Student-Centered Learning Methods vs. Teacher-Centered Learning Methods

1200 Words Sep 26th, 2012 5 Pages
Student-Centered Learning Methods vs. Teacher-Centered Learning Methods

Abstract

The different types of student-centered learning methods are described and compared to teacher-centered approaches. Different studies were researched with mixed results. Student-centered methods, when applied to secondary education students and above, provide social and emotional value to the students and improve reasoning and creative ability. Teacher-centered methods work best in the primary grades and with students faced with low SES.

Student-Centered Learning Methods vs. Teacher-Centered Learning Methods

All educators in America would agree with what is considered to be the most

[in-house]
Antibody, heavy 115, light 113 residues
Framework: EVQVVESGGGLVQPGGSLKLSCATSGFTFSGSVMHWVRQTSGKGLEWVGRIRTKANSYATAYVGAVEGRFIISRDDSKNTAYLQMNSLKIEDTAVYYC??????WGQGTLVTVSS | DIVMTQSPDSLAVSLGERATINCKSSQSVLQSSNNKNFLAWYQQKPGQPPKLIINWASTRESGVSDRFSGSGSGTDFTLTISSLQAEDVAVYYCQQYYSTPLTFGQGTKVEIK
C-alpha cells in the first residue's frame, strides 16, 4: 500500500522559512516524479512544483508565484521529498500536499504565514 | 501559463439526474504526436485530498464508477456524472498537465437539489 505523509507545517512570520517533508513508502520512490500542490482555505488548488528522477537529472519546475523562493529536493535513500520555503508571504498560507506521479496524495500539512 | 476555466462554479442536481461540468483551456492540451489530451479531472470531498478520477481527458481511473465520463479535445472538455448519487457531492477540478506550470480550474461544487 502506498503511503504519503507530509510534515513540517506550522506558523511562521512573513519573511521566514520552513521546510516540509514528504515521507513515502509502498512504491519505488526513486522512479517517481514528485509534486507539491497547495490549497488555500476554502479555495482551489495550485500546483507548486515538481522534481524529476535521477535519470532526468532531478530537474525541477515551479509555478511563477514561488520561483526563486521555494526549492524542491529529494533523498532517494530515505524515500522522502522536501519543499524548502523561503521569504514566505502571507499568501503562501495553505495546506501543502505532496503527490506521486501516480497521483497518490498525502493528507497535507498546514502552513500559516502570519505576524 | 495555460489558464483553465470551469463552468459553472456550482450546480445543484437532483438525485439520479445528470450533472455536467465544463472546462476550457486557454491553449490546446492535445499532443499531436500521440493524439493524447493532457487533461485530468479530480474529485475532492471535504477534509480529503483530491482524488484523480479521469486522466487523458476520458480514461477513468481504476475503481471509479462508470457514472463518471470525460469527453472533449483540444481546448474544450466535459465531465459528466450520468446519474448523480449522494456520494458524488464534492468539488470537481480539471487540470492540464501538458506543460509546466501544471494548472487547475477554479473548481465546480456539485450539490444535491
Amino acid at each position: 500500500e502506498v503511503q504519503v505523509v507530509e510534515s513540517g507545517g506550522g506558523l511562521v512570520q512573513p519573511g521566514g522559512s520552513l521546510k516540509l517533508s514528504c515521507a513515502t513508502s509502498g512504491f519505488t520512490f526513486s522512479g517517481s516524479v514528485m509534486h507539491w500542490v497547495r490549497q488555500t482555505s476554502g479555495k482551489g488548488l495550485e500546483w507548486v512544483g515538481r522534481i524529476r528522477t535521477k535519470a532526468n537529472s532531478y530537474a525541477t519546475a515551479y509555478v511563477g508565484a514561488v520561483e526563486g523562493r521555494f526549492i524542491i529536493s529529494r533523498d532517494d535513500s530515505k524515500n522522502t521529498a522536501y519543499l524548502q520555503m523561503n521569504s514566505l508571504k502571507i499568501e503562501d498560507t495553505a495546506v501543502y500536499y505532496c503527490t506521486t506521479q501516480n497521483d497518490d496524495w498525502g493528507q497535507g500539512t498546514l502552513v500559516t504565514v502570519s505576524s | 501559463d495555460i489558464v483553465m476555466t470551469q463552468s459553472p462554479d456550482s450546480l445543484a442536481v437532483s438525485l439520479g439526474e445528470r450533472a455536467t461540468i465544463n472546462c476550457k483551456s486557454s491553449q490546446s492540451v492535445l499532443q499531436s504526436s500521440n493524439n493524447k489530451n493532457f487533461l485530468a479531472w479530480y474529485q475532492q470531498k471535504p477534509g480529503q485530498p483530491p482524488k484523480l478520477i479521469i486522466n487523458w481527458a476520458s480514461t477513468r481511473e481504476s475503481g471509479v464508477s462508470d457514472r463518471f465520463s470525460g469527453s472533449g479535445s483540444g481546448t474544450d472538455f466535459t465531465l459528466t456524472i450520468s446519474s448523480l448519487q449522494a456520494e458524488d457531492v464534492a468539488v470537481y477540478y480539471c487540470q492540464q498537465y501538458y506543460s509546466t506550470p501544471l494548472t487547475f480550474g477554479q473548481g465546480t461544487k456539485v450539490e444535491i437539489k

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Which learning method best supports these objectives? Is it possible both methods have a proper place in today’s school system? First, let’s take a look at exactly what encompasses each learning method. Teacher-centered approaches provide a more traditional method of learning. In an article entitled “Instruction Paradigms” by Mayflor Markusic, teacher-centered instruction is described in the following ways. In the teacher-centered environment, the teacher is the primary source of knowledge and students acquire their knowledge passively through lectures, textbooks and presentations. When using the teacher-centered approach there are only two answers to problems; right or wrong. Formal assessments are made and students are graded and compared with their peers, in order to interpret their progress (Markusic). In contrast, Markusic describes student-centered methods in the following ways. In student-centered learning, the activity is shifted from the teachers to the students. Sources of knowledge are the combined efforts of students and teachers. Students actively involve themselves when seeking out knowledge and its meaningfulness by addressing real life issues and problems. During assessment, correct answers are not as important as creating better questions and the results of tests are compared individually and used to discover difficulties with the material (Markusic). There are several types of

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